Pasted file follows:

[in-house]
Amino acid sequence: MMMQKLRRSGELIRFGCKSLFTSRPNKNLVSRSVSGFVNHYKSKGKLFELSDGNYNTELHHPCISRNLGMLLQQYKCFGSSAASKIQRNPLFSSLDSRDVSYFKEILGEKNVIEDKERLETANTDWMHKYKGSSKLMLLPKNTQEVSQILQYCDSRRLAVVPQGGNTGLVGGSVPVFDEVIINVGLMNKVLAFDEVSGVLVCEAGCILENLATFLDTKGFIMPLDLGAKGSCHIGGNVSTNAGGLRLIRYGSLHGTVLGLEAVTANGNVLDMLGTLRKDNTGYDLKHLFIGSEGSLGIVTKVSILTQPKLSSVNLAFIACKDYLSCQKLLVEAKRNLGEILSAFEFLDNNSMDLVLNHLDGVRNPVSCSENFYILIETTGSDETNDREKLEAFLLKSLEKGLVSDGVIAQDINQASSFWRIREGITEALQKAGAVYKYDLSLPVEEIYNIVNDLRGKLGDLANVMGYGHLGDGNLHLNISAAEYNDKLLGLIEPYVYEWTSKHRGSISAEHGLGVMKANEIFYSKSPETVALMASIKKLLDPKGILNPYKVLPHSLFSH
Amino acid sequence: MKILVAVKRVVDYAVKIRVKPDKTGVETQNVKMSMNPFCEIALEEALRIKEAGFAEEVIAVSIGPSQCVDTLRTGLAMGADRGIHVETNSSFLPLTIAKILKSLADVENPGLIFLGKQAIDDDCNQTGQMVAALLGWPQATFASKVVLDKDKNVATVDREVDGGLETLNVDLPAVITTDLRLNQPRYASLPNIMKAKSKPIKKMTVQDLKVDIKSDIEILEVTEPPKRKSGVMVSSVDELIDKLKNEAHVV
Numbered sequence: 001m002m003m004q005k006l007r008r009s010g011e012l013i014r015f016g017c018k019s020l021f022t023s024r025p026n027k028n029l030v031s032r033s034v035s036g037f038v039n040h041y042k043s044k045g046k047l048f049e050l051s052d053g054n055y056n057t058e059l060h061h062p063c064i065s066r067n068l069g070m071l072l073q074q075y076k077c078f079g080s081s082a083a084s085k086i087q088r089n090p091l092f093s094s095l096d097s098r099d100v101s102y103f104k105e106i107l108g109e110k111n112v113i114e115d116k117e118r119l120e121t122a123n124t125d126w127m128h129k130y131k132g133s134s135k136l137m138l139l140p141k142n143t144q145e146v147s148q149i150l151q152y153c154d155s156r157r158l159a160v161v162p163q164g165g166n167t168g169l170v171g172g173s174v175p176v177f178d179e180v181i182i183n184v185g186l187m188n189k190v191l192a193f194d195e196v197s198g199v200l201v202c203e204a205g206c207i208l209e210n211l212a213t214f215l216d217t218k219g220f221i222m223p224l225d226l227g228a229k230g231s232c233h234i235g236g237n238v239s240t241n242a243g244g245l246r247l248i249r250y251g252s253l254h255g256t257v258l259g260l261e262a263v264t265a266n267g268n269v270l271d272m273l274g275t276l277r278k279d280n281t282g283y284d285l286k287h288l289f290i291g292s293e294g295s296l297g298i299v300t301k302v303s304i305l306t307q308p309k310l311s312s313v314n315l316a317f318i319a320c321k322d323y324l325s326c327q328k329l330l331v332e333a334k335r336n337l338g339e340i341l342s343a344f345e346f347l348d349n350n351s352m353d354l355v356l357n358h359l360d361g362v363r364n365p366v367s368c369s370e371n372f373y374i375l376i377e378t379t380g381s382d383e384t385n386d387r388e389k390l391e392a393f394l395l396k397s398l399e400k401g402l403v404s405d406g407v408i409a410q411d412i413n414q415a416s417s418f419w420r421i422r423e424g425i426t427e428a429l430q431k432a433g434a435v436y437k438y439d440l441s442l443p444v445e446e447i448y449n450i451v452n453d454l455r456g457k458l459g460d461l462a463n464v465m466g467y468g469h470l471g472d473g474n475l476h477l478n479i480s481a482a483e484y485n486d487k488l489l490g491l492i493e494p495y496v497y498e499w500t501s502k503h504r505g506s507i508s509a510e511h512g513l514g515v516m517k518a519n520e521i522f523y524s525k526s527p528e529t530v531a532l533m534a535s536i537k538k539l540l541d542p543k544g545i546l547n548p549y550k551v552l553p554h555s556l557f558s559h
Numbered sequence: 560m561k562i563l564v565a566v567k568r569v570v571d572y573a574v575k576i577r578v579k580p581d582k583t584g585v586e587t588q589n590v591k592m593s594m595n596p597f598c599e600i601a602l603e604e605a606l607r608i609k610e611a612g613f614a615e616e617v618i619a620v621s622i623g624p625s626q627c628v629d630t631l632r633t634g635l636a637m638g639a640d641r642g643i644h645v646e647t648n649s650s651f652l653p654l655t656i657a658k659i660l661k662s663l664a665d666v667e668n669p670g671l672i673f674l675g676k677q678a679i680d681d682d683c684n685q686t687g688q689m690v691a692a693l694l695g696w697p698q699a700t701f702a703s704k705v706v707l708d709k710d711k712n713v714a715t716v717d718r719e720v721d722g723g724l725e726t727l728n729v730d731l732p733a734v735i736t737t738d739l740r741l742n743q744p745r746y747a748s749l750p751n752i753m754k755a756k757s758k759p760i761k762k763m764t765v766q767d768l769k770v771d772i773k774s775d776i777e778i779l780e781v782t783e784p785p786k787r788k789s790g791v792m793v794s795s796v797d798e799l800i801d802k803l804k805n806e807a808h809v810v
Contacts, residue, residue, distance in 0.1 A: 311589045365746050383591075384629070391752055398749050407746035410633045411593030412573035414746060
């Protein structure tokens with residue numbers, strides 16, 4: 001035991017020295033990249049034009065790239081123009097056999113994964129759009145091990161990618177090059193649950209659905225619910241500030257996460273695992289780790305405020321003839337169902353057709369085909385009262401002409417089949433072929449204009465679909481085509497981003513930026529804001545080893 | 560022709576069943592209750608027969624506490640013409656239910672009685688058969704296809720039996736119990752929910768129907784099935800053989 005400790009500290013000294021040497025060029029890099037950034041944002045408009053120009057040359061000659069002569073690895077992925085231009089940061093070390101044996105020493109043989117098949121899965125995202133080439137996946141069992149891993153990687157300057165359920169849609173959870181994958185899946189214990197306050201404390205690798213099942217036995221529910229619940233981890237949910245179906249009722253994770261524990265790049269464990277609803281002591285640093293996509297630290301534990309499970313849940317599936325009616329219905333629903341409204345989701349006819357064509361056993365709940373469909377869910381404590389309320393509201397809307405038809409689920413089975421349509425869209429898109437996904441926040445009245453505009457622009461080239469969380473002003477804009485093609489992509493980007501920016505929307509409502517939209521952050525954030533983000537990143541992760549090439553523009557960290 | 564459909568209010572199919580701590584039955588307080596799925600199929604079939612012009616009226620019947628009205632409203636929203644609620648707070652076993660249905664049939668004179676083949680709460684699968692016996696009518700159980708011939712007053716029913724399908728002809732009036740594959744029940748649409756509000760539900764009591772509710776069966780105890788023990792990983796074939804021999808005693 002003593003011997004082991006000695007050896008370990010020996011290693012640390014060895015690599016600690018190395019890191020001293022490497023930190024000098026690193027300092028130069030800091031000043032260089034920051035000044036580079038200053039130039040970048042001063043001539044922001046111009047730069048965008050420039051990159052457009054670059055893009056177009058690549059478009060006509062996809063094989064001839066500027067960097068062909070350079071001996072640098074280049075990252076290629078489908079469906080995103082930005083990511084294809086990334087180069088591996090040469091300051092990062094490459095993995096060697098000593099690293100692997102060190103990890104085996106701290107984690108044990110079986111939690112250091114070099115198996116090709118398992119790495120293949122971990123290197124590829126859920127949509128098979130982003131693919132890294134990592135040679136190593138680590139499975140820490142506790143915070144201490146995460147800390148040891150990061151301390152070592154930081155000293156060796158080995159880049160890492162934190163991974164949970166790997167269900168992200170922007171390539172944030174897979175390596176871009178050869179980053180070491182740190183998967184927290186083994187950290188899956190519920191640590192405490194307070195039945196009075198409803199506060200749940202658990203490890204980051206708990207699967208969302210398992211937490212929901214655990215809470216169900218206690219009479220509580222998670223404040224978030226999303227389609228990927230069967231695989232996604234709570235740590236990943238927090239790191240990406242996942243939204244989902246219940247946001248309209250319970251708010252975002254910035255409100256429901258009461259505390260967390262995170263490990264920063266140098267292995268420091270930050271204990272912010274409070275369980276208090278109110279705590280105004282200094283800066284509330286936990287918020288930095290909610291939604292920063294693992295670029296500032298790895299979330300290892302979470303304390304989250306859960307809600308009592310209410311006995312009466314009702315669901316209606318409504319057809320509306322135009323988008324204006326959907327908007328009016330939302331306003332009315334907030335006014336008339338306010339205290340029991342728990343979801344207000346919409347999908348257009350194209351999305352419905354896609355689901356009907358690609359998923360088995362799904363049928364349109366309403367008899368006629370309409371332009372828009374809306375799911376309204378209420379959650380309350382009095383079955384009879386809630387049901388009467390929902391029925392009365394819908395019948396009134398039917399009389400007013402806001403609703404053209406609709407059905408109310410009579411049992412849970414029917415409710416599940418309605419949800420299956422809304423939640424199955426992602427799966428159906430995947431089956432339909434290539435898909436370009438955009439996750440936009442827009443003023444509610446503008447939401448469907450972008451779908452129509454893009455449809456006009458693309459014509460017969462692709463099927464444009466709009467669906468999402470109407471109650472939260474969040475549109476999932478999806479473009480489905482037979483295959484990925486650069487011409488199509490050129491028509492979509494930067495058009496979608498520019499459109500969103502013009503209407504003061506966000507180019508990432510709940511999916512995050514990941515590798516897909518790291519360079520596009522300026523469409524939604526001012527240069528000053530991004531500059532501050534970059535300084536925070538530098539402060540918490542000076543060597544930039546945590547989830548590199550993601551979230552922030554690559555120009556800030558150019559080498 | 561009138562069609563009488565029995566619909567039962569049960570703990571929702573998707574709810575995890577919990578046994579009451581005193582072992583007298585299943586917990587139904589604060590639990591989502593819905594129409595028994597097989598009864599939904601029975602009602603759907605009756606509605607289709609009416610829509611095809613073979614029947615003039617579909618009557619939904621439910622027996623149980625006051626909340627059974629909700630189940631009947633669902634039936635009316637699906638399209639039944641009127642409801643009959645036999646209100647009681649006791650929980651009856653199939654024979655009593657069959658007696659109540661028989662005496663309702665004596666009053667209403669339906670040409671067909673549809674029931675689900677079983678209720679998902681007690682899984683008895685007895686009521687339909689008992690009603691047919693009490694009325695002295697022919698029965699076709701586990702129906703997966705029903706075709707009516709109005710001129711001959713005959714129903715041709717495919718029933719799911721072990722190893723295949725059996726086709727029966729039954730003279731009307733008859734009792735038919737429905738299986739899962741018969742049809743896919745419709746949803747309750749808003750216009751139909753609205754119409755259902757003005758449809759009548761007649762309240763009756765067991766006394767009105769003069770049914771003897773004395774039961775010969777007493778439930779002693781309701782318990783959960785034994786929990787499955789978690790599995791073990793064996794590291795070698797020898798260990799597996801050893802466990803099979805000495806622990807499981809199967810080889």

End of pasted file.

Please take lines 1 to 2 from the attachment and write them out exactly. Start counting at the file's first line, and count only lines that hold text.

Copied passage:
[in-house]
Amino acid sequence: MMMQKLRRSGELIRFGCKSLFTSRPNKNLVSRSVSGFVNHYKSKGKLFELSDGNYNTELHHPCISRNLGMLLQQYKCFGSSAASKIQRNPLFSSLDSRDVSYFKEILGEKNVIEDKERLETANTDWMHKYKGSSKLMLLPKNTQEVSQILQYCDSRRLAVVPQGGNTGLVGGSVPVFDEVIINVGLMNKVLAFDEVSGVLVCEAGCILENLATFLDTKGFIMPLDLGAKGSCHIGGNVSTNAGGLRLIRYGSLHGTVLGLEAVTANGNVLDMLGTLRKDNTGYDLKHLFIGSEGSLGIVTKVSILTQPKLSSVNLAFIACKDYLSCQKLLVEAKRNLGEILSAFEFLDNNSMDLVLNHLDGVRNPVSCSENFYILIETTGSDETNDREKLEAFLLKSLEKGLVSDGVIAQDINQASSFWRIREGITEALQKAGAVYKYDLSLPVEEIYNIVNDLRGKLGDLANVMGYGHLGDGNLHLNISAAEYNDKLLGLIEPYVYEWTSKHRGSISAEHGLGVMKANEIFYSKSPETVALMASIKKLLDPKGILNPYKVLPHSLFSH